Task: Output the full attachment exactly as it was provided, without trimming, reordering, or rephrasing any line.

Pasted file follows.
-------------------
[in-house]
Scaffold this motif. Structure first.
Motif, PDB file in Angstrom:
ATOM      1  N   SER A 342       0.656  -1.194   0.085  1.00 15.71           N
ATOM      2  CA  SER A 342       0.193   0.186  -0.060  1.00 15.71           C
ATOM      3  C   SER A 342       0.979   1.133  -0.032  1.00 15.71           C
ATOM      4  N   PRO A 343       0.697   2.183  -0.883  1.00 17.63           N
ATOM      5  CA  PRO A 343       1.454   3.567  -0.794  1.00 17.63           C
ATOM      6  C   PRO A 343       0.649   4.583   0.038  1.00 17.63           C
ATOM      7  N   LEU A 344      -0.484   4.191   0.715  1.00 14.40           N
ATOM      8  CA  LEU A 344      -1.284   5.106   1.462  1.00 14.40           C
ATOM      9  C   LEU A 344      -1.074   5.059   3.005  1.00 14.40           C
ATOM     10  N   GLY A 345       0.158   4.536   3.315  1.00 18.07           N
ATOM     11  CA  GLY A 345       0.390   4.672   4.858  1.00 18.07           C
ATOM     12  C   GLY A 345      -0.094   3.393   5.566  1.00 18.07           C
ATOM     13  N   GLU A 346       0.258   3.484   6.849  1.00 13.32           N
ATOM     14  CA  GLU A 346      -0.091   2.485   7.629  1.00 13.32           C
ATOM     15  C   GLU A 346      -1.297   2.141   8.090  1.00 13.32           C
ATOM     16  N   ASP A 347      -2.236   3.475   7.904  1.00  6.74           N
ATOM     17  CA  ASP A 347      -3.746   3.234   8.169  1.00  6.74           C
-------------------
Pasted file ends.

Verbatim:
[in-house]
Scaffold this motif. Structure first.
Motif, PDB file in Angstrom:
ATOM      1  N   SER A 342       0.656  -1.194   0.085  1.00 15.71           N
ATOM      2  CA  SER A 342       0.193   0.186  -0.060  1.00 15.71           C
ATOM      3  C   SER A 342       0.979   1.133  -0.032  1.00 15.71           C
ATOM      4  N   PRO A 343       0.697   2.183  -0.883  1.00 17.63           N
ATOM      5  CA  PRO A 343       1.454   3.567  -0.794  1.00 17.63           C
ATOM      6  C   PRO A 343       0.649   4.583   0.038  1.00 17.63           C
ATOM      7  N   LEU A 344      -0.484   4.191   0.715  1.00 14.40           N
ATOM      8  CA  LEU A 344      -1.284   5.106   1.462  1.00 14.40           C
ATOM      9  C   LEU A 344      -1.074   5.059   3.005  1.00 14.40           C
ATOM     10  N   GLY A 345       0.158   4.536   3.315  1.00 18.07           N
ATOM     11  CA  GLY A 345       0.390   4.672   4.858  1.00 18.07           C
ATOM     12  C   GLY A 345      -0.094   3.393   5.566  1.00 18.07           C
ATOM     13  N   GLU A 346       0.258   3.484   6.849  1.00 13.32           N
ATOM     14  CA  GLU A 346      -0.091   2.485   7.629  1.00 13.32           C
ATOM     15  C   GLU A 346      -1.297   2.141   8.090  1.00 13.32           C
ATOM     16  N   ASP A 347      -2.236   3.475   7.904  1.00  6.74           N
ATOM     17  CA  ASP A 347      -3.746   3.234   8.169  1.00  6.74           C